Emily Kumler: Yeah. And I think, you know, we’ve had Dale Bredesen on the podcast and he talked a lot obviously about Alzheimer’s inflammation and how, you know, there is the potential to sort of reverse damage to by getting on these more anti-inflammatory kinds of diets. And certainly when we had Gary Taubes on, he talked a lot about sort of the impact of, you know, or the role of sugar. And you know, one of the things that I think Gary and I tend to joke about, but it’s like really not funny, is that like if you looked at sugar as a drug, right? Like we give it to kids to pacify them, we use it in their celebrations. Like he has that great passage in his book “The Case Against Sugar” about how like this is literally, I mean like everybody crashes right after they have it. So you give them more, it’s like this sounds like cocaine or something, right? But it’s everywhere and it’s pervasive. And I think that, you know, also makes it a challenge, right? It’s not like, you know, people may even have an awareness that sugar is bad, but then at the same time, well you can’t not give people, you know, you can’t not have birthday cake. And some of that stuff I think is so culturally ingrained that I think it’s a perfect segue for us to talk a little bit about the EAT-Lancet efforts because I think that really for a lot of people solidified this idea that we shouldn’t be eating meat, that you know, what’s best for the body and best for the environment is really this, you know, sort of more vegan lifestyle. And there’s something really compelling about combining. Like you’re killing the planet and you’re killing your body in a report that’s by, you know, very reputable publication which we could spend a whole nother episode talking about. But you know, I think that report you have done an incredible autopsy on that report and the data behind it. And so I kind of just want to give you some space to get into all of that because what was widely like sort of widely covered in the media was not the deep dive into, you know, what was involved in their data sets or like where did they get this data from and the food frequency questionnaires and you know, how often they actually asked people what they were eating. I mean, all of that stuff I feel like who should really be on a vegan diet and all of the caveats to that. So I’m just going to kind of hold some space for you over here and let you take it away.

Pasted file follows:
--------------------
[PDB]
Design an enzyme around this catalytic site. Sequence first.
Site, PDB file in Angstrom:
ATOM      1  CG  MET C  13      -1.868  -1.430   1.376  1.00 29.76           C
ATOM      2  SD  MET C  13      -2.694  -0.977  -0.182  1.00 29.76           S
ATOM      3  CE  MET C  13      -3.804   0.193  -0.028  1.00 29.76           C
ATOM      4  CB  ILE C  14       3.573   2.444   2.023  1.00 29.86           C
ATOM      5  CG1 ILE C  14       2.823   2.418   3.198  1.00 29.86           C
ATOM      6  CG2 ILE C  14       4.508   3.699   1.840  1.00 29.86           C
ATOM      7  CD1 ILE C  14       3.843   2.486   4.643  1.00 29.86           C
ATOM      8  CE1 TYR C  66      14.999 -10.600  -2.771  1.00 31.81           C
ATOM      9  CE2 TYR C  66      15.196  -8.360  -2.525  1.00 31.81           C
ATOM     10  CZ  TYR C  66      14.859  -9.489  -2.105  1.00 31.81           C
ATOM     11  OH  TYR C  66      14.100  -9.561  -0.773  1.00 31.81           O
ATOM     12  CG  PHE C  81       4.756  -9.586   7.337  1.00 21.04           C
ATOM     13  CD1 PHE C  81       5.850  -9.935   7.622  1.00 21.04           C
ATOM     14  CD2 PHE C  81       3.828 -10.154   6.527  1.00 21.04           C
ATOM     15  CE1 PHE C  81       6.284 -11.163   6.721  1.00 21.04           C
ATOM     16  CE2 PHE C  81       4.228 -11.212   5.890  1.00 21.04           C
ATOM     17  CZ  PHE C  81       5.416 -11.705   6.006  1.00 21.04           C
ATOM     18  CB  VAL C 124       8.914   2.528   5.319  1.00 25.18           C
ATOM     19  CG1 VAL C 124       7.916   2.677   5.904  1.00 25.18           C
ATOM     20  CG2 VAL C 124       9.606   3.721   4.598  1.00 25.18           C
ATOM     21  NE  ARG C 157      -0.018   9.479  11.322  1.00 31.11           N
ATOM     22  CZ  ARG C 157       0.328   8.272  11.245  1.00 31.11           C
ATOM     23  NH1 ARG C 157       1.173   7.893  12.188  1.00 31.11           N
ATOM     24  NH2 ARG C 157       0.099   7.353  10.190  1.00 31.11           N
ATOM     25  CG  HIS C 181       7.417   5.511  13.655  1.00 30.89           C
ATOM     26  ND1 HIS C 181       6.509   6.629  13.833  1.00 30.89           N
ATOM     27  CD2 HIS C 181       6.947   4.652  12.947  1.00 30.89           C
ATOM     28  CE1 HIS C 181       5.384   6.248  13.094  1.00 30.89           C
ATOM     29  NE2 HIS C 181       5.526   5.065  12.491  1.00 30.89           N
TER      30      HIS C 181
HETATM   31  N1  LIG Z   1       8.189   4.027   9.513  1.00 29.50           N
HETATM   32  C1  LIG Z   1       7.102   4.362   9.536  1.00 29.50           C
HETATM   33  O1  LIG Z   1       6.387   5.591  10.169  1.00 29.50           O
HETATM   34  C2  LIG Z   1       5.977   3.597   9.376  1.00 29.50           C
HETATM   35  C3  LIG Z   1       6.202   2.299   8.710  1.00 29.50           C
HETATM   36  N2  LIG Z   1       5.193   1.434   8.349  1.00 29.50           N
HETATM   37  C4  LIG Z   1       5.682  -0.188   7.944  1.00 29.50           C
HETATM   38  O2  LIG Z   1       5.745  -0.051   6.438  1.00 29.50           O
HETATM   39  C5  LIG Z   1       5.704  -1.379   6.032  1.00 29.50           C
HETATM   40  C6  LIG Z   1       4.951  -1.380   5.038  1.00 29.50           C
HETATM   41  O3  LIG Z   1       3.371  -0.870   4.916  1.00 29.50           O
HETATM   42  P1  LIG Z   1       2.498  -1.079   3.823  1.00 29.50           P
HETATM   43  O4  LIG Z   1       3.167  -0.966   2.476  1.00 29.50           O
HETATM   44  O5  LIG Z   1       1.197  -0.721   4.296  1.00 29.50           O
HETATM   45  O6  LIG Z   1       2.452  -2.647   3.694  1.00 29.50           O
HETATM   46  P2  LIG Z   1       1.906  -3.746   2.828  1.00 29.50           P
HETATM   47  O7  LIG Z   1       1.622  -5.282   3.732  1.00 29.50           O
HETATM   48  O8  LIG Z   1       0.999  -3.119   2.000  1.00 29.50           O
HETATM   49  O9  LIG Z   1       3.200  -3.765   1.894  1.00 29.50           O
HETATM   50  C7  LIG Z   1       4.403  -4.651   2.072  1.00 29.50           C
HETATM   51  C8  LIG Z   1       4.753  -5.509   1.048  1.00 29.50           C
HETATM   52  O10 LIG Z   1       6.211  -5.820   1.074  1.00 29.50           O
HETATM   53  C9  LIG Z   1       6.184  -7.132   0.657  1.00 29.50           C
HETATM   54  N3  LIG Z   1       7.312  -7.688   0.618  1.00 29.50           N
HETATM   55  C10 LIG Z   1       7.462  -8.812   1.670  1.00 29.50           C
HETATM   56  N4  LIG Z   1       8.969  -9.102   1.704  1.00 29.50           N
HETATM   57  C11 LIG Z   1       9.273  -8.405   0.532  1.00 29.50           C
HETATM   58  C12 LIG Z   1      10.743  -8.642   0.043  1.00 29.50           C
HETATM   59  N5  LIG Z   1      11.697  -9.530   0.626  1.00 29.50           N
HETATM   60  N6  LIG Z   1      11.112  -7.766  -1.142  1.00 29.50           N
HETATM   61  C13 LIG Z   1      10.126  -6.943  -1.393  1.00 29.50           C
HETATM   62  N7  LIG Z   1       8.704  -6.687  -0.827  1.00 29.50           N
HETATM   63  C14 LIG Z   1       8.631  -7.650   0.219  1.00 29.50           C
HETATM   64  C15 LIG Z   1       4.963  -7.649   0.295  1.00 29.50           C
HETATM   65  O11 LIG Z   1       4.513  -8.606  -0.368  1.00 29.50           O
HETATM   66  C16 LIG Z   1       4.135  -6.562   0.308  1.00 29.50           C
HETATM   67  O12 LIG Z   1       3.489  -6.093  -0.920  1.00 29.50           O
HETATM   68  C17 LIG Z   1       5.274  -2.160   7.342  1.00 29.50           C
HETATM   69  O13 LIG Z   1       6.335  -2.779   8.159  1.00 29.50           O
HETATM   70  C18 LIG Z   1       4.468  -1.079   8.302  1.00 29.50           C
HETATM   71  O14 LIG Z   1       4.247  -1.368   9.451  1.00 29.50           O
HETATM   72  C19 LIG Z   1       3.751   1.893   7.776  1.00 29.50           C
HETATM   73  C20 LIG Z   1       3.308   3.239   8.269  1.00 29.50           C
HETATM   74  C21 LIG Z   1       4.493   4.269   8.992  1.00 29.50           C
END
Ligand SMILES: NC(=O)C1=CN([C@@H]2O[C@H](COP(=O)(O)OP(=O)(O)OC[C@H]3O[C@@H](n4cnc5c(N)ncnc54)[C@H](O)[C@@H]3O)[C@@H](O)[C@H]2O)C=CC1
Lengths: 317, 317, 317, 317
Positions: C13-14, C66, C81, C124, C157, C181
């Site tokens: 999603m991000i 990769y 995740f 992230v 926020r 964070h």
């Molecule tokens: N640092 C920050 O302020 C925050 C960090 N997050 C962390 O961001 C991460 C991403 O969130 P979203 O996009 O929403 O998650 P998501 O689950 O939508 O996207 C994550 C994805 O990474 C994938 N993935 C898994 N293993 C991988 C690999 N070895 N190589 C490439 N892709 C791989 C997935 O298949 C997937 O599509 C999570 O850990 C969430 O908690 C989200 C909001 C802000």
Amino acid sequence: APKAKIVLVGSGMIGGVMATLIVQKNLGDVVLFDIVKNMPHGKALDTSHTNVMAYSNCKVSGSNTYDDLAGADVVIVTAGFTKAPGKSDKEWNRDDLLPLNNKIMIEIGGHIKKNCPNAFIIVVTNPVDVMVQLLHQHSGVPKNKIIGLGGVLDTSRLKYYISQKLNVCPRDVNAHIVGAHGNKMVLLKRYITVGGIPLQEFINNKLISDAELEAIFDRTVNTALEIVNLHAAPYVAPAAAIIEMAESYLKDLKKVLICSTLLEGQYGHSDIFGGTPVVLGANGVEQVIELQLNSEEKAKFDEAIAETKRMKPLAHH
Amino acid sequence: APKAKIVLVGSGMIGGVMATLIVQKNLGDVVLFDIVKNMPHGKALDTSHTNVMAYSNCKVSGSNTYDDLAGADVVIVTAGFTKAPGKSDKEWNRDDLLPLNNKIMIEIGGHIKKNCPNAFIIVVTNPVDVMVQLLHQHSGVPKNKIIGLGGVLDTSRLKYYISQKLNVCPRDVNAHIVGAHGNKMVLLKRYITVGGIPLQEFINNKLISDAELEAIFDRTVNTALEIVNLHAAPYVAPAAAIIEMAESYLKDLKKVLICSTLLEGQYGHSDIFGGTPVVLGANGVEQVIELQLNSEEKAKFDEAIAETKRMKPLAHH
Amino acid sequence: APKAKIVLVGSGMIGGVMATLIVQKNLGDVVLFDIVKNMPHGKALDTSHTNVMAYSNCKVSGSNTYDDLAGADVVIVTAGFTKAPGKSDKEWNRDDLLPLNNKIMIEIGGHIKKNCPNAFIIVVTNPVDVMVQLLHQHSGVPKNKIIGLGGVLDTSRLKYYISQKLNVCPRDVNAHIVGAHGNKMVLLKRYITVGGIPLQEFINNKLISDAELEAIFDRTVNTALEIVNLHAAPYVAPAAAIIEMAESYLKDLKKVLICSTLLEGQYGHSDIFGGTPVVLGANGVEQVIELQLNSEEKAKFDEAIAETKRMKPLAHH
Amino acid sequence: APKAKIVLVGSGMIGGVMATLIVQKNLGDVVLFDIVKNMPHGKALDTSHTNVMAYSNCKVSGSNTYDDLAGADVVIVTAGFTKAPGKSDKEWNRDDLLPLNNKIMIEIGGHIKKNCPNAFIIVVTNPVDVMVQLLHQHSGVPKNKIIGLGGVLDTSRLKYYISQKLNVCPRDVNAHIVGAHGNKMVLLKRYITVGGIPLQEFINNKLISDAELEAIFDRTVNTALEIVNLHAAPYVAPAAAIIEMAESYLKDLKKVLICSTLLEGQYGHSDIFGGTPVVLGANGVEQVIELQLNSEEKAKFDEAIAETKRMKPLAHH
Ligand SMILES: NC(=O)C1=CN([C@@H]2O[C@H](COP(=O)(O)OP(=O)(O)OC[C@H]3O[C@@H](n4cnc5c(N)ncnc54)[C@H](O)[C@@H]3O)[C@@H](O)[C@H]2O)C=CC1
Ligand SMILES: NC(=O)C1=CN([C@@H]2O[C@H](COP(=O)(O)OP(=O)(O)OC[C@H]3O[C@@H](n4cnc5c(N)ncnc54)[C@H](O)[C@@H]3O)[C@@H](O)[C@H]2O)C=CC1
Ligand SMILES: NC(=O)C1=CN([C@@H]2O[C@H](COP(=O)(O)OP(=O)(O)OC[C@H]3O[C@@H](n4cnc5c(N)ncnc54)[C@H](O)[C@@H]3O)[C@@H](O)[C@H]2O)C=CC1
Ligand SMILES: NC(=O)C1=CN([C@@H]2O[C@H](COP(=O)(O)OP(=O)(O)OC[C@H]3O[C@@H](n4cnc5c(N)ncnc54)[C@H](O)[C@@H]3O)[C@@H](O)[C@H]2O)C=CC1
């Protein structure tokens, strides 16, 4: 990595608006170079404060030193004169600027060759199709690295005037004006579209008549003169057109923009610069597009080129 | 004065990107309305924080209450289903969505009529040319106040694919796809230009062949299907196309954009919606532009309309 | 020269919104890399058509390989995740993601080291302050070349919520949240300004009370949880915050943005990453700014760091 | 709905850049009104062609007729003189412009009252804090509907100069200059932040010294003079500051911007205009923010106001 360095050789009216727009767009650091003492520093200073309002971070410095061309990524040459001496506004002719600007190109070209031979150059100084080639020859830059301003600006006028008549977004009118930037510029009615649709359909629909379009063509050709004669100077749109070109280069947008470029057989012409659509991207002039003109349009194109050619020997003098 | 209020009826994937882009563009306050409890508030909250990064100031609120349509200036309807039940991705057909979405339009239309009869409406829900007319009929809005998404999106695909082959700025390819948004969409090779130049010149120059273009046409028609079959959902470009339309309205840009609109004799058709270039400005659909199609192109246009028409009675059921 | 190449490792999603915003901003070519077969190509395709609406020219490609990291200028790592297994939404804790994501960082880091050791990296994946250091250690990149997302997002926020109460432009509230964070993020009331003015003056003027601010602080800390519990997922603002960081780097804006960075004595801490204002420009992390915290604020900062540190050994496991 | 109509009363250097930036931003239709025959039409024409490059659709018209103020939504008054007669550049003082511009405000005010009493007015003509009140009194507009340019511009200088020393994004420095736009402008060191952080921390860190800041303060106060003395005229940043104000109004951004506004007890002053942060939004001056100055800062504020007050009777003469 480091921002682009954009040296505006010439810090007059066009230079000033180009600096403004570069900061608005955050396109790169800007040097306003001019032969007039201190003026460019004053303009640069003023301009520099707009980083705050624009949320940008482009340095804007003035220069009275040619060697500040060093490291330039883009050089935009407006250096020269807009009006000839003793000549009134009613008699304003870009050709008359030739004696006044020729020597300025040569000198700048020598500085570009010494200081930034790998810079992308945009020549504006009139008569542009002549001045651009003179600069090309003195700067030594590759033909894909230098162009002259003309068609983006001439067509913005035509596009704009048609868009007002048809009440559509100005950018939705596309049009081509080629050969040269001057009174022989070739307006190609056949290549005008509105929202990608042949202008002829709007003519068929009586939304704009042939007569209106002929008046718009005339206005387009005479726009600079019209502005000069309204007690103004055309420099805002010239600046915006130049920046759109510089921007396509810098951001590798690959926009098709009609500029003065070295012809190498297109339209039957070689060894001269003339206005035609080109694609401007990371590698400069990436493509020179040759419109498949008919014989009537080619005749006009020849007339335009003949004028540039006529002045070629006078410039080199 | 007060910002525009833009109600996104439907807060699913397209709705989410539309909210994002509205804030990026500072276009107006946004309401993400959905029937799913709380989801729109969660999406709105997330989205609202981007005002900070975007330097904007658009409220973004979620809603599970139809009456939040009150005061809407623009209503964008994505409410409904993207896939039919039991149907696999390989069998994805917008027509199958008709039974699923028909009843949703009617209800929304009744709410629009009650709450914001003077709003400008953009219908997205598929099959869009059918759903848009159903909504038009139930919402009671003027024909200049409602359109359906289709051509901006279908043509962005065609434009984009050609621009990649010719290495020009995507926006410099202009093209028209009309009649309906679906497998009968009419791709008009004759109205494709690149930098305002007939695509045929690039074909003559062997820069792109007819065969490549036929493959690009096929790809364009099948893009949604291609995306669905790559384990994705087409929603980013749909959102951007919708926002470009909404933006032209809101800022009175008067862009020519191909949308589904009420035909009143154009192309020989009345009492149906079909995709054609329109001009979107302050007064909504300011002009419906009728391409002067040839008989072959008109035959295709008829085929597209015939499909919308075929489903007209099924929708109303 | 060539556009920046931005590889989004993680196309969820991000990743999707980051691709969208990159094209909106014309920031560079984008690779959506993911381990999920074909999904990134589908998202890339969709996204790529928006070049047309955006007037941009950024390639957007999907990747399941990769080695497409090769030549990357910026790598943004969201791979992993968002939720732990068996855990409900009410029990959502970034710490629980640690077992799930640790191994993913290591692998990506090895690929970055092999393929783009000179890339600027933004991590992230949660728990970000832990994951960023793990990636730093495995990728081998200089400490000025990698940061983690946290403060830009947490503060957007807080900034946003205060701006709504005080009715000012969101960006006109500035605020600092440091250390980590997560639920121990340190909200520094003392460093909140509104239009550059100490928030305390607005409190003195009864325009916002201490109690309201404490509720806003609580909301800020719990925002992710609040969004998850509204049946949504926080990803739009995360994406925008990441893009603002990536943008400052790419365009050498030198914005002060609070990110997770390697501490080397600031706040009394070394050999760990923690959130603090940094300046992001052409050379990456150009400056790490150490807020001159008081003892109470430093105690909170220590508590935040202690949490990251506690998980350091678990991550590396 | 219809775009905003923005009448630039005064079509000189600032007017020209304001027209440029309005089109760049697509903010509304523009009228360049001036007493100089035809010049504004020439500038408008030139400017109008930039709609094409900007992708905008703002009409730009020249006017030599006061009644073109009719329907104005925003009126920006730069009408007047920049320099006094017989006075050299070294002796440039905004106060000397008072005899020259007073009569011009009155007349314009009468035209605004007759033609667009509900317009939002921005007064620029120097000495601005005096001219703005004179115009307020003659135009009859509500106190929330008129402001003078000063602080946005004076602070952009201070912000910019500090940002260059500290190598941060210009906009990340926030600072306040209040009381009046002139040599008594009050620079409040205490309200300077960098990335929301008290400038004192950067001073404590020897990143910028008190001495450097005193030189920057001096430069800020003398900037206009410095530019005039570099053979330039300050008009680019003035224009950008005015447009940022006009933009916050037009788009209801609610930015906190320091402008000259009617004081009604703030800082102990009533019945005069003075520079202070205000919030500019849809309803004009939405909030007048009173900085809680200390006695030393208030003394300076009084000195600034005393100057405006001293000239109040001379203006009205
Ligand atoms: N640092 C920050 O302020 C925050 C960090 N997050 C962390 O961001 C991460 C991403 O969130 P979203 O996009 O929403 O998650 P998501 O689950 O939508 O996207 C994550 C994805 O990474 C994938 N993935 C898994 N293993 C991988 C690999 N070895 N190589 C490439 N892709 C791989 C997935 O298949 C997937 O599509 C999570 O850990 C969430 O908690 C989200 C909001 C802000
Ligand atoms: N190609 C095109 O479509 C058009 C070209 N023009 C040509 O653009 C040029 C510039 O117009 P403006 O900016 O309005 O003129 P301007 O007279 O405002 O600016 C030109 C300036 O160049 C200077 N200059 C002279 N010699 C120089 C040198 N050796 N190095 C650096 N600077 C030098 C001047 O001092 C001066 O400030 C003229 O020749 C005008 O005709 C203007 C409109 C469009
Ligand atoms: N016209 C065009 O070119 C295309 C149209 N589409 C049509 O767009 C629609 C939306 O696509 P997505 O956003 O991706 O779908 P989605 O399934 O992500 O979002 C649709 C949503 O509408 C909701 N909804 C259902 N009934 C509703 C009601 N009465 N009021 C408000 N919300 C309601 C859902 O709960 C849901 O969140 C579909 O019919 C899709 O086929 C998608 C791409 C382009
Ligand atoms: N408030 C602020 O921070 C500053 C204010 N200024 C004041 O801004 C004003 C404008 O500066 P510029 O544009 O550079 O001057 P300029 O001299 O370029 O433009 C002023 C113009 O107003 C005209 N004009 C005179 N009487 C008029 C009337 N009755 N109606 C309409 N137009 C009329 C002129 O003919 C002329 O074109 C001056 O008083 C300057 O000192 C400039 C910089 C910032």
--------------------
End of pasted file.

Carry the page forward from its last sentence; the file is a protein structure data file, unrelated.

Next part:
Dr. Ede: Sure. Emily. So, thank you for that commentary. I really appreciate it. I did work hard to understand this report that the EAT-Lancet report, which was published last January, so 2019. And uh, it was published in a journal called the Lancet, which is a very reputable scientific journal. And it was authored by a group, an international group of 37 scientists, led by Dr. Walter Willett of Harvard, the Harvard University School of Public Health, who is perhaps the most influential nutrition researcher in the world. And so it carried a lot of weight, this document. And it received and continues to receive daily media coverage around the world and it’s influencing lots and lots of big thinkers in the field. So, when I saw this report, I did two things with it. One is I wrote a critique of it, sort of a light lighthearted, but lightheartedly serious critique of it for Psychology Today. And that article is called “EAT-Lancet’s Plant-Based Planet 10 Things You Need To Know.” So I outlined the 10 important points from the report. And then I give a presentation that’s available on line, the free video online at Low-Carb Denver in March, presenting a lot of the same information from a slightly different angle. So,